Picking Cherries

I’m routinely accused of cherry picking information about climate change. I plead guilty, with the following 1,000-word disclaimer and recognition that everybody else picks cherries, too. One of the differences between me and the others: I admit my bias, and they claim to have none.

I’ll start with a line from recently deceased professor emeritus and long-time teacher Albert Bartlett: “The greatest shortcoming of the human race is our inability to understand the exponential function.” When I speak and write about climate change, most members of the audience are stuck in fifth grade, unaware that nature often exhibits non-linearity.

I pick cherries because I see nobody else connecting the dots on climate change. I see nobody else making an honest effort to describe our predicament. So, by default, I’m The Connector. I collate, summarize, and synthesize information about climate change. And in the process of serving as host for the finest reality show on the Internet, I connect people, too.

In return, I’m the dark-horse candidate for Golden Horseshoe liar award. This planet has become so Orwellian that those who collate the facts and pass them along are hated as liars.

I see plenty of support for denying the obvious. Almost everybody reading these words has a vested interest in not wanting to think about climate change, which helps explain why the climate-change deniers have won. According to a December 2013 paper in Climatic Change, the climate change counter-movement is funded to the tune of nearly a billion dollars each year. That’s just in the United States, where we continue to brag about our prowess in destroying the living planet long after a few of us recognized the irony in the following advertisement from Life magazine in 1962. The story is similar in other countries.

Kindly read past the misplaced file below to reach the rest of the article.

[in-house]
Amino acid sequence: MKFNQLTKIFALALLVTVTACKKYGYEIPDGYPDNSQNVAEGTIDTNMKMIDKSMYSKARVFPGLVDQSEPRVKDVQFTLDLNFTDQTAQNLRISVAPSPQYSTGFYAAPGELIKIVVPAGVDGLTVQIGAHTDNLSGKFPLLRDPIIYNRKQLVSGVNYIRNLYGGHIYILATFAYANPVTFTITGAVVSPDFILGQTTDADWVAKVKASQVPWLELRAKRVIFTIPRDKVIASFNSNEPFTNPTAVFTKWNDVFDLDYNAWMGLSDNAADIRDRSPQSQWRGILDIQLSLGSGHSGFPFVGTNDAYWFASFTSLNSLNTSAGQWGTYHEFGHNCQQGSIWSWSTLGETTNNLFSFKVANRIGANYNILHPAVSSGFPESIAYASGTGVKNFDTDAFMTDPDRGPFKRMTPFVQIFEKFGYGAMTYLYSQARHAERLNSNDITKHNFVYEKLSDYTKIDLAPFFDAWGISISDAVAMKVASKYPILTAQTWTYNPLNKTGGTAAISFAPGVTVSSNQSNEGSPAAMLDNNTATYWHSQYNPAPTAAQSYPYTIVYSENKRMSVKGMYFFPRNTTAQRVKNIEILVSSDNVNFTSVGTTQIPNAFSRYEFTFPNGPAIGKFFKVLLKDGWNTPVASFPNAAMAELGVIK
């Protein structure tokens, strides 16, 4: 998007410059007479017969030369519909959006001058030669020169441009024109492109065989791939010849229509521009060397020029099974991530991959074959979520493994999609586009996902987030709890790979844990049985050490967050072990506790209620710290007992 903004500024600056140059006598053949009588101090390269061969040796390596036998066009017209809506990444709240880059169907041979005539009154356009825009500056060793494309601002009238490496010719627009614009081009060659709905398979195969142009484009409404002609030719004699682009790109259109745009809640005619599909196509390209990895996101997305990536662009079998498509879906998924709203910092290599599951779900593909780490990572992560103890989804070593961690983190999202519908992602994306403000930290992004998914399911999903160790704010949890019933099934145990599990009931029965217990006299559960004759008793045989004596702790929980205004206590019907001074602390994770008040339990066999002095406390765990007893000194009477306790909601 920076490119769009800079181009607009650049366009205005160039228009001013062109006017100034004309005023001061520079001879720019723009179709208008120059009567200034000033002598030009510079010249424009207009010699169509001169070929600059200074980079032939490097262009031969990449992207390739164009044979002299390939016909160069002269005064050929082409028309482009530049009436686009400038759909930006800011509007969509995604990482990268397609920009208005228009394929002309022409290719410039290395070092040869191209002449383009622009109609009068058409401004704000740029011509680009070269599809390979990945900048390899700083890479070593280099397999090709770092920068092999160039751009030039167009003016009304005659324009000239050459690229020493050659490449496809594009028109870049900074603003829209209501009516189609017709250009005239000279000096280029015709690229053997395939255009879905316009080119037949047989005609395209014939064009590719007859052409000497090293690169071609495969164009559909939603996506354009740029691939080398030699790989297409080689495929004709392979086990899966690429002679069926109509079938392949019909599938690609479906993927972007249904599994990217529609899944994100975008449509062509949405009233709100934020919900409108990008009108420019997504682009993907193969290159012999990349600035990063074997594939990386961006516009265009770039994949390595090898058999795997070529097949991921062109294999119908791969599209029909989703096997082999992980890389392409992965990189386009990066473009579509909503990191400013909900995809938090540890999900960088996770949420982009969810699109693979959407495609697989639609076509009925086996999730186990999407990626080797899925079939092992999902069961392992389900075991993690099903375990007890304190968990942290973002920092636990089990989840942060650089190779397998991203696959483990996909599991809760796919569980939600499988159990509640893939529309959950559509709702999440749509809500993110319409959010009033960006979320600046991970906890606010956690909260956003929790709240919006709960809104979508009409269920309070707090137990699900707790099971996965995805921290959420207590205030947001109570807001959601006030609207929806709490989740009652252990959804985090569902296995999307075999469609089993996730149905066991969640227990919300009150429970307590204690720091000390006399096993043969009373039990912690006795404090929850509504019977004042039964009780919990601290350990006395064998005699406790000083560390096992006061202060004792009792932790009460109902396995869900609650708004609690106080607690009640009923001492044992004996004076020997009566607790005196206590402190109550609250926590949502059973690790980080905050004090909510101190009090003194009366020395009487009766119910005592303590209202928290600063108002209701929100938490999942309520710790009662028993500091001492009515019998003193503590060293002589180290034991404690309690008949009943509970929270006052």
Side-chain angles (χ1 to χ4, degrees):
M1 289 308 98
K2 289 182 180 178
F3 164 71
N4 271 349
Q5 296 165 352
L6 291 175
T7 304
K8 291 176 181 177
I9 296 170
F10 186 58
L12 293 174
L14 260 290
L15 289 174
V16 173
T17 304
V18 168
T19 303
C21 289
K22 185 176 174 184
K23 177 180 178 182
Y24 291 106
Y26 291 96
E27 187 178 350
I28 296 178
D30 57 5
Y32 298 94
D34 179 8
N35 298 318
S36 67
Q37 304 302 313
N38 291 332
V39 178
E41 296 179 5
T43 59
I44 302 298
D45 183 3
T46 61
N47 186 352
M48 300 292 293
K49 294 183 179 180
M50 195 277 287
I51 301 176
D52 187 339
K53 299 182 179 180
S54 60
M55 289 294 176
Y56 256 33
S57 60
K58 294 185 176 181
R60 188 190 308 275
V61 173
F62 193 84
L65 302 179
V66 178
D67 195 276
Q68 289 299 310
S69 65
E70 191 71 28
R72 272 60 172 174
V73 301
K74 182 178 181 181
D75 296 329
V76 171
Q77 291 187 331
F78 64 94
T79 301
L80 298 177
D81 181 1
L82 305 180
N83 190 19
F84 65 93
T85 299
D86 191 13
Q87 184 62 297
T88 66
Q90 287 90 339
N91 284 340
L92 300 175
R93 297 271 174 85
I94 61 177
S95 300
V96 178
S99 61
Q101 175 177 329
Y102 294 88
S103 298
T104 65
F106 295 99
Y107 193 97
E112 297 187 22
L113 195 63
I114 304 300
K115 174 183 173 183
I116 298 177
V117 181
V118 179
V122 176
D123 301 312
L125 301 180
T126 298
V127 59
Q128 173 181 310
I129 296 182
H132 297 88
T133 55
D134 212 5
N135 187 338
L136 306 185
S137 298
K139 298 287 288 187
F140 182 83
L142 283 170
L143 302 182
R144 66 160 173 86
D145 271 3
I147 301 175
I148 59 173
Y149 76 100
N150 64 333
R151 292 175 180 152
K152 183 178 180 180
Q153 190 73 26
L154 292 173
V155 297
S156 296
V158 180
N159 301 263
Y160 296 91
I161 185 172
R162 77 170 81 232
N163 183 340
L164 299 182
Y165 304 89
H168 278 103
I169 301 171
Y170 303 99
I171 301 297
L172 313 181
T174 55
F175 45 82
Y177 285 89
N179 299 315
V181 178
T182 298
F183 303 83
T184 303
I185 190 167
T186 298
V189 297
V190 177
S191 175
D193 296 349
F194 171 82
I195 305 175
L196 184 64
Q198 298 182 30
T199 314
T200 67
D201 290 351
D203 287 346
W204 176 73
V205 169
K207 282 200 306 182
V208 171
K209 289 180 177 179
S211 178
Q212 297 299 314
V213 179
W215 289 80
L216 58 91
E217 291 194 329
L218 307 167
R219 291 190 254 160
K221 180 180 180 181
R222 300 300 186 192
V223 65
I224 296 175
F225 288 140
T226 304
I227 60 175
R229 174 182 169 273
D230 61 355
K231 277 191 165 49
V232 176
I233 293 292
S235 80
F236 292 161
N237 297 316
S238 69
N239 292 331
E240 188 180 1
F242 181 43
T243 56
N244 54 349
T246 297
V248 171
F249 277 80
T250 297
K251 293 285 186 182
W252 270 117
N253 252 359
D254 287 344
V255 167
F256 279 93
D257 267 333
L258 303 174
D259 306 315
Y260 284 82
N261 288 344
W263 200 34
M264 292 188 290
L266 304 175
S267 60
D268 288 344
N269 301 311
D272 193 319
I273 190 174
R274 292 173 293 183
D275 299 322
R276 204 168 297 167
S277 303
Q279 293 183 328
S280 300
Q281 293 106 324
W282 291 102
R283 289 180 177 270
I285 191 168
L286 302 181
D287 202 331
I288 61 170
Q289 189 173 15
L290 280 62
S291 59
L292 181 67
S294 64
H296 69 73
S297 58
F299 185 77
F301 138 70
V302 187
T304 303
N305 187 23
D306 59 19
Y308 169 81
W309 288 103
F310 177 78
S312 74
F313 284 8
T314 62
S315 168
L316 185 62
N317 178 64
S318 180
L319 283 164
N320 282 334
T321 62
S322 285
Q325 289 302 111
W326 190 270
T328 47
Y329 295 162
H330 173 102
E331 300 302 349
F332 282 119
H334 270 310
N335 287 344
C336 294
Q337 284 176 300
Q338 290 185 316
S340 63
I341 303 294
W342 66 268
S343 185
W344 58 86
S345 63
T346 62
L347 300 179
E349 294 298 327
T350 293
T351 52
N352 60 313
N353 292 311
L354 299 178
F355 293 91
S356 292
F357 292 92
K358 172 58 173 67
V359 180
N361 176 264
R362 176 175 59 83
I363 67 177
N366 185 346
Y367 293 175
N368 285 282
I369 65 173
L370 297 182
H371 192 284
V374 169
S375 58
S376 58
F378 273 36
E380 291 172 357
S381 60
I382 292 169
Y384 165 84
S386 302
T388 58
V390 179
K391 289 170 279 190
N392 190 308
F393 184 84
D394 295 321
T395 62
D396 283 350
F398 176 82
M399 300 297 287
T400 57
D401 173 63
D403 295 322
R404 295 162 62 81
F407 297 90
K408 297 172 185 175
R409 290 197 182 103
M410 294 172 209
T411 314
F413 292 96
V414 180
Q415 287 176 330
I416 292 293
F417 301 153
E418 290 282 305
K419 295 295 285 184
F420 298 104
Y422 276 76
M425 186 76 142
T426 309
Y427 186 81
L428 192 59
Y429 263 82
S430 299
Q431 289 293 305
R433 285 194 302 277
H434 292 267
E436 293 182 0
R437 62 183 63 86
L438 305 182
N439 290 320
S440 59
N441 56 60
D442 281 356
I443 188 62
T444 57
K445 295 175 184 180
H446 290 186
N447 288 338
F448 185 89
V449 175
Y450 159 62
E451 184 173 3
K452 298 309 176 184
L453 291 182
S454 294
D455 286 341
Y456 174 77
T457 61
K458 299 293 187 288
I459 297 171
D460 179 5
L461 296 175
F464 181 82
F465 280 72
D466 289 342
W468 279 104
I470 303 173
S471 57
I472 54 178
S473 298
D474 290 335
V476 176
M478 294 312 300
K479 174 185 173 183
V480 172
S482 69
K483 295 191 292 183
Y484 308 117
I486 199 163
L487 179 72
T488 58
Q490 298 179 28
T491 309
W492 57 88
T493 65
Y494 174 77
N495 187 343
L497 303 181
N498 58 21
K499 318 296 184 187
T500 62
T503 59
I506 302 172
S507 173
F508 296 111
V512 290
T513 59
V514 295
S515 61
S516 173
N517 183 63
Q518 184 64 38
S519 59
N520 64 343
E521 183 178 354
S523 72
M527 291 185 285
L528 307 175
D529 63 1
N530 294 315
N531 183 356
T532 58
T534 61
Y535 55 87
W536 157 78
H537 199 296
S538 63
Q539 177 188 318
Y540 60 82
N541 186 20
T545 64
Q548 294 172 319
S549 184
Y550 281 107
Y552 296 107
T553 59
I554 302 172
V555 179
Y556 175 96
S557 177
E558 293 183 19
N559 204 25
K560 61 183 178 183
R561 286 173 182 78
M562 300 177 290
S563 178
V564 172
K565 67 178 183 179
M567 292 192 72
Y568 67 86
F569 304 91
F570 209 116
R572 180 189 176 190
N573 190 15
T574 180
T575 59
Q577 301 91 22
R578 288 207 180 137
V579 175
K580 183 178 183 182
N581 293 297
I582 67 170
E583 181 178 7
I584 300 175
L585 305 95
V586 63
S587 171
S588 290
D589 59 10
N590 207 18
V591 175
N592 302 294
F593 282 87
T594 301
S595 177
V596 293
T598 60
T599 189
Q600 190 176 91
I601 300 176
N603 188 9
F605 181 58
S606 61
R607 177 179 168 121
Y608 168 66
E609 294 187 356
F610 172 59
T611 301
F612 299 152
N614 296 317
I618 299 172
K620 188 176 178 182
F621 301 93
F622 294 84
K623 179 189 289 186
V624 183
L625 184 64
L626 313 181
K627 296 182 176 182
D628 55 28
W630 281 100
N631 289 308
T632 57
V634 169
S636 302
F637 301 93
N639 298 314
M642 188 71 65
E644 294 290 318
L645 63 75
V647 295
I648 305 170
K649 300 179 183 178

How obvious is ongoing climate change induced by anthropogenic global warming? If you’re unwilling to look outside, consider the following graph from Climate Central.

10 warmest years on record

And even as abnormal is the new normal, we’re just getting started. A paper in the 3 December 2014 issue of Environmental Research Letters indicates that maximum warming from carbon dioxide emissions occurs about one decade after a carbon dioxide emission. Rising emissions during each of the last many decades points to a truly catastrophic future, and not long from now. There is nothing to be done today to undo what we did during the last decade. And, as pointed out with numerous scientific articles at my comprehensive summary dating back to February 2003 from the folks at Woods Hole Oceanographic Institution, abrupt and dramatic changes in climate aren’t out of the question.